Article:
On April 24, 2018, the Supreme Judicial Court held in Doe No. 1 v. Secretary of Education (SJC-12275) that students who attend public schools in Massachusetts are not constitutionally entitled to attend charter schools. Five students filed a complaint in Superior Court challenging G.L. c. 71, § 89(i), which caps the number of all charter schools in the state (with the exception of “Horace Mann II” schools) and also caps the funding that commonwealth charter schools receive. The plaintiffs alleged that the statutory caps violate both the education clause and the equal protection clause of the Massachusetts Constitution. The Superior Court dismissed the complaint and the students appealed.
Under the statute, there is a cap of 120 total charter schools allowed in the Commonwealth. No more than 72 of those schools may be “commonwealth charter schools,” which operate independently of the school district where they are located but still receive funding from that district. In addition, the statute provides that the funding from the sending district to commonwealth charters may not exceed 9% of the district’s net school spending; unless the sending district is in the lowest 10% of performing districts statewide, in which case the funding limits are raised to 18%. (The other type of charter school, a Horace Mann charter, must be approved by the school district and the bargaining unit in which it is located, and receives funding as determined by the district.)
On appeal, the court first decided that the plaintiffs had sufficiently asserted a justiciable controversy and their right to bring their claims. It then addressed the merits of those claims.
The plaintiffs attend schools that are subject to the 18% cap and have been unable to obtain spaces in charter schools through a lottery process. They alleged that the education they are receiving is constitutionally inadequate under the education clause, which imposes a duty on the Commonwealth to educate all children. The plaintiffs claimed that this deprivation is caused by the charter school cap, which prevents them from attending a better-performing school and thereby receiving a constitutionally adequate education. The court disagreed, ruling that while the plaintiffs may be receiving an inadequate education at the moment, they would need to demonstrate that the Commonwealth had failed to fulfill its duty to educate all of its children and that the Commonwealth’s public education plan does not offer reasonable assurance of an opportunity for an adequate education.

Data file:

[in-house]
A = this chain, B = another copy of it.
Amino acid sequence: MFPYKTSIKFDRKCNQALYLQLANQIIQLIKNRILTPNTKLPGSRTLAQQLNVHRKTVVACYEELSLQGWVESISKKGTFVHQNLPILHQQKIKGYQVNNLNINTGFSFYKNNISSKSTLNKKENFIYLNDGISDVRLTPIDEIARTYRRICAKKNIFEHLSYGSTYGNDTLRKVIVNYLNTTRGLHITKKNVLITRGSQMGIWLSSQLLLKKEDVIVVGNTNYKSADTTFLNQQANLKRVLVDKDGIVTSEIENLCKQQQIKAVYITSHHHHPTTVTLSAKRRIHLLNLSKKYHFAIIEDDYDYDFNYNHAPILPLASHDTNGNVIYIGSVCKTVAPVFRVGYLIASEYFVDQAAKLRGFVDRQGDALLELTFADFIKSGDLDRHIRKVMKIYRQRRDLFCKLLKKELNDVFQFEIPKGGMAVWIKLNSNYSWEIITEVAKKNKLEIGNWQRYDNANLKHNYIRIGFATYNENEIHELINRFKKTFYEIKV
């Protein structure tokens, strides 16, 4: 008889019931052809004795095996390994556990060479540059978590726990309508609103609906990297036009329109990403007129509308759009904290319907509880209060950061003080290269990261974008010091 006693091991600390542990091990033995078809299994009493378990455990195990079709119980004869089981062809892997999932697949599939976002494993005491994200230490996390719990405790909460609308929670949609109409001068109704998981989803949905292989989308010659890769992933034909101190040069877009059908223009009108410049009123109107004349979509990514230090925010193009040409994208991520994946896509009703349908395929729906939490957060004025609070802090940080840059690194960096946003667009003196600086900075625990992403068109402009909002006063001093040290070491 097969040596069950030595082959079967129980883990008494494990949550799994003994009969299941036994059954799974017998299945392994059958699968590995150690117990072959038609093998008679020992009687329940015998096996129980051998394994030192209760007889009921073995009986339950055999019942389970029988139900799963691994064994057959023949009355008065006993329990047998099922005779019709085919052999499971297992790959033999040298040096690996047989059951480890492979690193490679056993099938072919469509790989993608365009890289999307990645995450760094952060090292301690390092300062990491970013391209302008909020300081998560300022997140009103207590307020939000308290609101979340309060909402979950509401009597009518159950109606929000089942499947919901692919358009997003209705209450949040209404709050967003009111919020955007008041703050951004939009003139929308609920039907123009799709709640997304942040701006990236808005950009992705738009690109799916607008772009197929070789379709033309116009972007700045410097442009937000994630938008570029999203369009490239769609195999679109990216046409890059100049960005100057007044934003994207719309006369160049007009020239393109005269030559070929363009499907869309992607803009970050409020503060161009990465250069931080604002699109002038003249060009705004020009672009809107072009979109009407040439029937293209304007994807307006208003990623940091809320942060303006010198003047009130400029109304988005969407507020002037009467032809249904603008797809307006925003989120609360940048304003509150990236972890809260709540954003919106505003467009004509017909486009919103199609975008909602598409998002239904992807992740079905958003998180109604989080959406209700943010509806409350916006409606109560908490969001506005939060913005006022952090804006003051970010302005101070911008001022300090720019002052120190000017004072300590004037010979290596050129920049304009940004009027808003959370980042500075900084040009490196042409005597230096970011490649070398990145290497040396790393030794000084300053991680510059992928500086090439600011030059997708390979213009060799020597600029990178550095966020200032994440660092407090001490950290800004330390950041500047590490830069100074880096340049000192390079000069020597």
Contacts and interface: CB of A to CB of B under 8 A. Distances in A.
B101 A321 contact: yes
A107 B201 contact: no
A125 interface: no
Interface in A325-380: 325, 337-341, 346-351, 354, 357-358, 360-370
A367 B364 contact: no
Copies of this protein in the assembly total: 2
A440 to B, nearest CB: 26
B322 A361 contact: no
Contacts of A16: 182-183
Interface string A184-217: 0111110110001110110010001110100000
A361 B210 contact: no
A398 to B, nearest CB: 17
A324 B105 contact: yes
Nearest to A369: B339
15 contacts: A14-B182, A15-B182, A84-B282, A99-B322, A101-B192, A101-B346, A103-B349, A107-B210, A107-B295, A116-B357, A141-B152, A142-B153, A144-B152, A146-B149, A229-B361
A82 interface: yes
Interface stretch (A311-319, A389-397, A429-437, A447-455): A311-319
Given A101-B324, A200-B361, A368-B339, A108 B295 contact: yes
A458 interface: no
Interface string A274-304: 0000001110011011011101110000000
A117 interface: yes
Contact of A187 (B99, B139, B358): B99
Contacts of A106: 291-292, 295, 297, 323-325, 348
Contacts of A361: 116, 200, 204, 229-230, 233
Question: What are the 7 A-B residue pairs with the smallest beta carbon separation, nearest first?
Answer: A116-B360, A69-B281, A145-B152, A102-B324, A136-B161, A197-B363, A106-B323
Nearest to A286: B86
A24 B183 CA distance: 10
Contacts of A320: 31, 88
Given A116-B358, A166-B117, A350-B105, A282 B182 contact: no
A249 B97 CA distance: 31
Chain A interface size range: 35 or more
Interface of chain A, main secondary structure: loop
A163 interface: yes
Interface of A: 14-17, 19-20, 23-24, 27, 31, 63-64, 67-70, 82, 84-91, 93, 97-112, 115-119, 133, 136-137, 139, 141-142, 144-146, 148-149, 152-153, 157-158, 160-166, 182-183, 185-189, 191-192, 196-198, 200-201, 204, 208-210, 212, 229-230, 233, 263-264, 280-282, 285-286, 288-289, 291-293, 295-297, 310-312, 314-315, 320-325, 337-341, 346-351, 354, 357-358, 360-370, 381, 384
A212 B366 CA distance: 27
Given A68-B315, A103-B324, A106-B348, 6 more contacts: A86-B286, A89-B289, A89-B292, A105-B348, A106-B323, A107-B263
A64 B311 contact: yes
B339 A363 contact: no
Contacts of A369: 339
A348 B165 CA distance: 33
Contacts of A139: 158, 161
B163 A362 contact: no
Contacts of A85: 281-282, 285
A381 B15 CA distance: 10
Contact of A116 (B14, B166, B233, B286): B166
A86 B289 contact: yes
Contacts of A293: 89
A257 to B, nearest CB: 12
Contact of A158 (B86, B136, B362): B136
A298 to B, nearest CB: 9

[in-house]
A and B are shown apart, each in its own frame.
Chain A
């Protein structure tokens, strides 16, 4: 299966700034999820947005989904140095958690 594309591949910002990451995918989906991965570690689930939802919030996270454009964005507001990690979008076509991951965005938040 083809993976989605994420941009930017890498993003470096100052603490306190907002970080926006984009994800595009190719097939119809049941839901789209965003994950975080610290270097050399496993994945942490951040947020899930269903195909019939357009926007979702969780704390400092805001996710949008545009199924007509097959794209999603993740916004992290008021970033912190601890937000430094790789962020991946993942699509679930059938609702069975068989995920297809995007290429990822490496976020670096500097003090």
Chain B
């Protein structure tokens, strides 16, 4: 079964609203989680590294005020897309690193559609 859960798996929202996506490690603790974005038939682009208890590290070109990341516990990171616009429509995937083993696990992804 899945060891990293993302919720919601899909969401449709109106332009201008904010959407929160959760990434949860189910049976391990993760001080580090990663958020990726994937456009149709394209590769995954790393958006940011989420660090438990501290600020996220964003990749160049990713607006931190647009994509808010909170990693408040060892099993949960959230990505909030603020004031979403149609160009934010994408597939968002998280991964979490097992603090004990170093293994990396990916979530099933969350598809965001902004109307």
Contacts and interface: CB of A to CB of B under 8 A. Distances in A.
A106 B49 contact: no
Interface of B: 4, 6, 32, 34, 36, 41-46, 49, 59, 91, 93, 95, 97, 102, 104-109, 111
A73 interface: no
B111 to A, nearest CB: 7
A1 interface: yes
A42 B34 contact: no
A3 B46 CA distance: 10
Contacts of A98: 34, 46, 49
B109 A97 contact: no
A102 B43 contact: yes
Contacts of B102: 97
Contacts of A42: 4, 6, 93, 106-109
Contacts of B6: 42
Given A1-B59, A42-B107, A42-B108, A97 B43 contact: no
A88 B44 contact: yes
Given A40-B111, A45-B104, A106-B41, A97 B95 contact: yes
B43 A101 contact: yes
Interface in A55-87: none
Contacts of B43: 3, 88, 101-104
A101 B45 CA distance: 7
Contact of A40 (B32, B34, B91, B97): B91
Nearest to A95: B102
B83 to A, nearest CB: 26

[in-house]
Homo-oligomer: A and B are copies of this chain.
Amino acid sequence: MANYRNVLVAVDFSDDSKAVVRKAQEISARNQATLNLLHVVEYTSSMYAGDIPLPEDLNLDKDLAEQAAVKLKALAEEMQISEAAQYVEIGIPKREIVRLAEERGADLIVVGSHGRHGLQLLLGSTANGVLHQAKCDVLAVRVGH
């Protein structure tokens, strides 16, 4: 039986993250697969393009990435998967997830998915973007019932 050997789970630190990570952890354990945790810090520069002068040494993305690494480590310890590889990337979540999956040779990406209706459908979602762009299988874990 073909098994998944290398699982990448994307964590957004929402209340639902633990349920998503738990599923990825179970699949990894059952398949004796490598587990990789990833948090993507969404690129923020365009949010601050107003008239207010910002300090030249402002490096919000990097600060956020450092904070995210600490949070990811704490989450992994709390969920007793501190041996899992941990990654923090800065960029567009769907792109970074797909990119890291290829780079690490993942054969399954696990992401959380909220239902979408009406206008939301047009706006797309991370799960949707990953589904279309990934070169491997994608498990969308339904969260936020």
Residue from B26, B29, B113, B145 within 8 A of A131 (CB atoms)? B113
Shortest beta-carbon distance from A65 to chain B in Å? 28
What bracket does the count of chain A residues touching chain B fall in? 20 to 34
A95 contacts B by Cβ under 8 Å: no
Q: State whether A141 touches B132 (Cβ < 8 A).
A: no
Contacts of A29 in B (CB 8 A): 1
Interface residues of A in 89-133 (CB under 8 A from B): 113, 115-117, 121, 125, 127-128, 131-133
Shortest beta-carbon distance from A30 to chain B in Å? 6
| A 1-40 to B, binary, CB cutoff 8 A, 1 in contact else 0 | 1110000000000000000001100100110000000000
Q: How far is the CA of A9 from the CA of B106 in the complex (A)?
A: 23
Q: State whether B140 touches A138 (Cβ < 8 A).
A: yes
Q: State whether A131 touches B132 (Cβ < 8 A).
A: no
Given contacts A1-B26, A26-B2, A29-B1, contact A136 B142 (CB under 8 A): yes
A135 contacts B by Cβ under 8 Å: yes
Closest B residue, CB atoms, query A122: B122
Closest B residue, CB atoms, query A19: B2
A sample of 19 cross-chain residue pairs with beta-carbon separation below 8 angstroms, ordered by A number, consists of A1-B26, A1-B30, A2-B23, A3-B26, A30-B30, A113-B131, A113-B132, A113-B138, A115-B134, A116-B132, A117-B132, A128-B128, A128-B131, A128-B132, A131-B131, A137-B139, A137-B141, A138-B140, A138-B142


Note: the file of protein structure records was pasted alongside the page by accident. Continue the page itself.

Alternatively, the plaintiffs alleged that the charter caps violate the equal protection clause of the Massachusetts constitution because they create two classes of children: those guaranteed to receive the opportunity for an adequate education because their districts provide one, and those in failing districts that rely on the charter lottery system for the prospect of an adequate education. The court rejected this claim as well. It held that because the charter caps did not significantly interfere with any fundamental right to an education or target a suspect class, the court would not evaluate the statute by applying “heightened scrutiny.” Instead the court decided that the statute could be upheld so long as it was rationally related to the furtherance of a legitimate state interest. Noting that charter school funding affects the funding available to the district’s traditional public schools, the court concluded that the caps further the interests of students who do not attend charter schools by limiting the funding impact on their schools and serve as an effort to allocate educational funding among the Commonwealth’s students. The court therefore held that the caps further a legitimate state interest and satisfy the “rational basis” test.
Obviously, this case has importance for school districts in Massachusetts which must annually wrestle with school budgets and enrollment issues. The court noted that charter schools and the caps continue to be a source of public debate in and outside the Legislature. School districts are well-advised to keep abreast of developments.
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This update is provided for informational purposes only and should not be considered legal advice.